Today the Council on Competitiveness published a new report from the National Digital Engineering Manufacturing Consortium (NDEMC). Entitled “Modeling, Simulation and Analysis, and High Performance Computing: Force Multiplier for American Innovation,” the 88 age report explores how HPC transforms manufacturing.
The NDEMC is an industry-led, public-private supercomputing partnership to support a robust, agile, and globally competitive U.S. supply chain. It was founded in 2011, following discussions with the Obama Administration and the Council’s 2010 Roundtable Summit on HPC and U.S. Manufacturing. The Consortium funded pilot programs that promote adoption and advancement of modeling and simulation (MS&A) and high performance computing (HPC) among small and medium‐sized manufacturers (SMEs) in the United States.
“High performance computing offers an extraordinary opportunity for the United States to design products faster, minimize the time to create and test prototypes, streamline production processes, lower the cost of innovation and develop high-value innovations that would otherwise be impossible,” said Deborah L. Wince-Smith, President & CEO, Council on Competitiveness. “The report demonstrates that HPC can be a game changer for not only large corporations, but the thousands of small and medium size businesses that are the backbone of our economy.”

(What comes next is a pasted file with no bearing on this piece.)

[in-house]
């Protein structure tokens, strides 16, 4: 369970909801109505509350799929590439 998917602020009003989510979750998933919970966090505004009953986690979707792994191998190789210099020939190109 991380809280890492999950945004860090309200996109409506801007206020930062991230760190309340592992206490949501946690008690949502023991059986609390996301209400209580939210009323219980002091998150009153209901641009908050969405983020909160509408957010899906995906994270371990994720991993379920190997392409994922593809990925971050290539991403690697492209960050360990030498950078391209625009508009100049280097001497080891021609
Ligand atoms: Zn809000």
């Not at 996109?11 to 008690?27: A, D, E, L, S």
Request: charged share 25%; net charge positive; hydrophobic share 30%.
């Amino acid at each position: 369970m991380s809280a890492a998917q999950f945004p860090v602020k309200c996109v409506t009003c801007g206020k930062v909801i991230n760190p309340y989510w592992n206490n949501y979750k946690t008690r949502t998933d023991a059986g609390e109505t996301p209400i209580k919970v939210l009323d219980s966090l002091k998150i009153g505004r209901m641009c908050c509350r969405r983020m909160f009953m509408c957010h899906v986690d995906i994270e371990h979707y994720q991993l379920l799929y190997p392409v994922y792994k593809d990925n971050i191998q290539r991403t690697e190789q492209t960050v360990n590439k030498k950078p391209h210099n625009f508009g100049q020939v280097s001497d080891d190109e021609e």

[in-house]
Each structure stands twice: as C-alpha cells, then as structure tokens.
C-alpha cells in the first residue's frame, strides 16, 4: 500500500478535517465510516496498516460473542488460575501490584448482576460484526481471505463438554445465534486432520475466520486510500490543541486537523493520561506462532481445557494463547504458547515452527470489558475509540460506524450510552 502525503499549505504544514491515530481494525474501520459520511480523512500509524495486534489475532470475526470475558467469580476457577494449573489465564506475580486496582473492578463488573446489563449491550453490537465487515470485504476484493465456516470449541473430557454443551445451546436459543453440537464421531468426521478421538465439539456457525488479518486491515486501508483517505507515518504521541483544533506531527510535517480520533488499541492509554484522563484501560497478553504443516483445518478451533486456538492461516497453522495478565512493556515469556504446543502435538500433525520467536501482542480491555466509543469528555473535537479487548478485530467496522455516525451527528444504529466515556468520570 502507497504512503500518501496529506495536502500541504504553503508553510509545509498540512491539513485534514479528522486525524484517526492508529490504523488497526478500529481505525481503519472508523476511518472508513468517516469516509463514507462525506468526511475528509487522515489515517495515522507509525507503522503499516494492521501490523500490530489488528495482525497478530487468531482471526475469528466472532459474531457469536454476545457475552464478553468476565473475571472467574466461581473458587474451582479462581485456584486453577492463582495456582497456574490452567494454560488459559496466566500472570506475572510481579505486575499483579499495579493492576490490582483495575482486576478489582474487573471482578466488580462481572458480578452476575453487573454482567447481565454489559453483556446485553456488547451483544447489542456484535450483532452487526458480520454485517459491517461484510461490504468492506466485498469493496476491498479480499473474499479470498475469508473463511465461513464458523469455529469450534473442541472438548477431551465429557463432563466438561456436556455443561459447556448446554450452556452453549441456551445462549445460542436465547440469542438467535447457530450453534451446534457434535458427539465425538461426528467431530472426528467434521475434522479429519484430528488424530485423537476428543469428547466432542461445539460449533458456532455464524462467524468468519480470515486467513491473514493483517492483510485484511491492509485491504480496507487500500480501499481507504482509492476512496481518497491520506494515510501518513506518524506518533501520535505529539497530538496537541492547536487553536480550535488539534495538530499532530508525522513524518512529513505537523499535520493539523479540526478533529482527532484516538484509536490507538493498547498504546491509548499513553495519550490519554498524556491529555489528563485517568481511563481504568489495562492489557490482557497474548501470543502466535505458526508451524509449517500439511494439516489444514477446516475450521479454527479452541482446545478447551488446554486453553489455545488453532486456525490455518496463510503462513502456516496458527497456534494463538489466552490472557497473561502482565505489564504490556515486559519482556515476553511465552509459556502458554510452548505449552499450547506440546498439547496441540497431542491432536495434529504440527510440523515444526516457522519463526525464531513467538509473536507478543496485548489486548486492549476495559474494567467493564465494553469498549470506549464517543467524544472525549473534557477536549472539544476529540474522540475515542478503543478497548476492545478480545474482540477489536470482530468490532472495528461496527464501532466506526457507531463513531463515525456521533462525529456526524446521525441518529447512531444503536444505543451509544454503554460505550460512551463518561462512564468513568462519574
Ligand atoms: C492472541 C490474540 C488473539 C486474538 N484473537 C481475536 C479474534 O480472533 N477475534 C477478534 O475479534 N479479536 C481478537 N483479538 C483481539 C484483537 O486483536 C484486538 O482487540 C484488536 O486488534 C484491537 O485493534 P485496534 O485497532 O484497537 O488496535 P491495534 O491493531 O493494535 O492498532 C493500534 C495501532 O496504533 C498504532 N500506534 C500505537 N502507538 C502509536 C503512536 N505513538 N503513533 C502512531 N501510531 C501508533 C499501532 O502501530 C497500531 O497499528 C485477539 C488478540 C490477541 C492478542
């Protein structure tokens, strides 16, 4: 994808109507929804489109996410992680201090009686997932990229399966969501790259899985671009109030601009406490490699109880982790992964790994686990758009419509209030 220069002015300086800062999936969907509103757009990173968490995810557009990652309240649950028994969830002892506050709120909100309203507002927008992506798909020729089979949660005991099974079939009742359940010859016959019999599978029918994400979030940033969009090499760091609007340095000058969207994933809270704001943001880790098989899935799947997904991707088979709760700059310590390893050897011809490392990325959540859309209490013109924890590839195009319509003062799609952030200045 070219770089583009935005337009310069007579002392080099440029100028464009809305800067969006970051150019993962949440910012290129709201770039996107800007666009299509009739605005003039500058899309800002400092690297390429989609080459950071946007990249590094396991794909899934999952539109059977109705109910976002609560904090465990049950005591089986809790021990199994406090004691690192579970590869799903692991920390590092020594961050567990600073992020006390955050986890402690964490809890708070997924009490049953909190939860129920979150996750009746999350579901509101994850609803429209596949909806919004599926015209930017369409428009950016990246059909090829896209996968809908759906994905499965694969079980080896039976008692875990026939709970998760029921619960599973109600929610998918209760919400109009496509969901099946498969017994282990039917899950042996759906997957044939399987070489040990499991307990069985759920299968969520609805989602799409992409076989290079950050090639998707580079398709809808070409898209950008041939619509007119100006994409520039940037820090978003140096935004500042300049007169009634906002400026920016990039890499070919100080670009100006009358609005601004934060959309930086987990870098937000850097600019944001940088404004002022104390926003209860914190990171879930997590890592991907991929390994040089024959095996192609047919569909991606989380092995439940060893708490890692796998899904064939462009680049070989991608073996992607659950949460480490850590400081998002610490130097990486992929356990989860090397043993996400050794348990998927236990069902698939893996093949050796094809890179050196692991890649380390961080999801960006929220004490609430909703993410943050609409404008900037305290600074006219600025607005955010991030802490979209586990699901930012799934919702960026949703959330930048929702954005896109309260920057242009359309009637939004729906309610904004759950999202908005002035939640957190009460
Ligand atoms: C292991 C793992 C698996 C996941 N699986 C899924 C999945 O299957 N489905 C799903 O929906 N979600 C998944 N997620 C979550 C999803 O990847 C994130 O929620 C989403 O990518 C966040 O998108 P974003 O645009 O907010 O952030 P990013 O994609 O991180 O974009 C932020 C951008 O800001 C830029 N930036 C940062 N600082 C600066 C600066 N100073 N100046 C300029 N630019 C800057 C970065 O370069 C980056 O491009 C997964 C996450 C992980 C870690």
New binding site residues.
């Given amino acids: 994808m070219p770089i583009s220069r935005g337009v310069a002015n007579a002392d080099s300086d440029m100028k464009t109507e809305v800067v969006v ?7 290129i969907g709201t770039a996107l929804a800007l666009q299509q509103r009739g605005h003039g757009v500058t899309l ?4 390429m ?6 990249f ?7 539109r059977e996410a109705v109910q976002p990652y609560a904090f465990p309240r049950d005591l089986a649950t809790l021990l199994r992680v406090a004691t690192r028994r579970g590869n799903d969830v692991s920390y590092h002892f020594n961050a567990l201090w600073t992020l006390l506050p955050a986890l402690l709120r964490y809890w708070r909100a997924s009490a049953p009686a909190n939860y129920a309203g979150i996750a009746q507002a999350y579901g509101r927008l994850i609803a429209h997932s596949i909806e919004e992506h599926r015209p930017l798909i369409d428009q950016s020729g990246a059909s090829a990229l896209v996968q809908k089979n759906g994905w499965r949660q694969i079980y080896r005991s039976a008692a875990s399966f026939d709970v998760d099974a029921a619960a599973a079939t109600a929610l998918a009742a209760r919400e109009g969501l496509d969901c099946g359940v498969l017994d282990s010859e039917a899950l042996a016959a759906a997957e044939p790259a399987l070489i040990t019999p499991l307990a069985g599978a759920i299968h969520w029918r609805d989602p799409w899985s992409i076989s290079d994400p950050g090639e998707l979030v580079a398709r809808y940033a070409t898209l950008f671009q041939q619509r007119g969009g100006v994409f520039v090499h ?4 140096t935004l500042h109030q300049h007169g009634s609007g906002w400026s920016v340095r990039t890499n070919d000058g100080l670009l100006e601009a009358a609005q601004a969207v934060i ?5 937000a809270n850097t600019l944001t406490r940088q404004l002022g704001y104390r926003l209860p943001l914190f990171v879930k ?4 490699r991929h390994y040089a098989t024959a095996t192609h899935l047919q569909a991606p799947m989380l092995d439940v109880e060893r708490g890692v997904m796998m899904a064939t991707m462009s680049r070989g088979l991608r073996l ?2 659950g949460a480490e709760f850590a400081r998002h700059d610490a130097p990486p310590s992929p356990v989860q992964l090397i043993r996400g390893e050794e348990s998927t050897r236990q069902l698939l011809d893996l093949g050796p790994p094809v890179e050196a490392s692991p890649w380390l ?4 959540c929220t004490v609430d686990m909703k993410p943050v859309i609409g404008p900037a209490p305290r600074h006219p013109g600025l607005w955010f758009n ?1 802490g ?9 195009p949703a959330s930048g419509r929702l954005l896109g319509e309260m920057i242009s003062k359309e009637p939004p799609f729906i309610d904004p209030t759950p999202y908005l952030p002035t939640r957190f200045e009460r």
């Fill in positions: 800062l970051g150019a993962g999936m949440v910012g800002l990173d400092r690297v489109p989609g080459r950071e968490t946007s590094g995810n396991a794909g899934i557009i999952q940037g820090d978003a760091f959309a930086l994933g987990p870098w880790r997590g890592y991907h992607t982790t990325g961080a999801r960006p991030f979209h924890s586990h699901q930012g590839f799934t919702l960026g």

The NDEMC fostered 20 pilot programs that resulted in 160 new jobs, $20 million in annual sales and the developed of three new products. Other key policy and business practice findings included:
- Public-private partnerships are an essential model for projects where new infrastructure or “industrial commons” need to be developed to support an entire industry sector.
Small and medium-sized U.S. enterprises (SMEs) cannot justify and are unwilling to purchase expensive MS&A/HPC tools, but are willing to buy access to MS&A/HPC, consulting, and training on a pay-by-the-use model.
- Encouraging MS&A/HPC Independent Software Vendors to deploy Software-as-a-Service could drive wider access to MS&A/HPC tools for U.S. SMEs.
- The opportunity to “reduce time-to-market for products” is a critical factor in SMEs’ decision to participate in NDEMC.
- Senior management, engineering, and operations personnel need to “buy-in” to projects. Defining clear project goals and expected outcomes, and conveying them from the top down is critical. The time and effort required to engage in an MS&A/HPC project must be transparent, and a strong business case for participating in a project must be developed upfront.
- SMEs need significant hands-on support and training to realize fully the potential of incorporating MS&A/HPC into their business operations. This includes a trusted third party to help educate them on MS&A/HPC, and to provide ongoing guidance and support to assist them in developing solutions that they can apply in their business.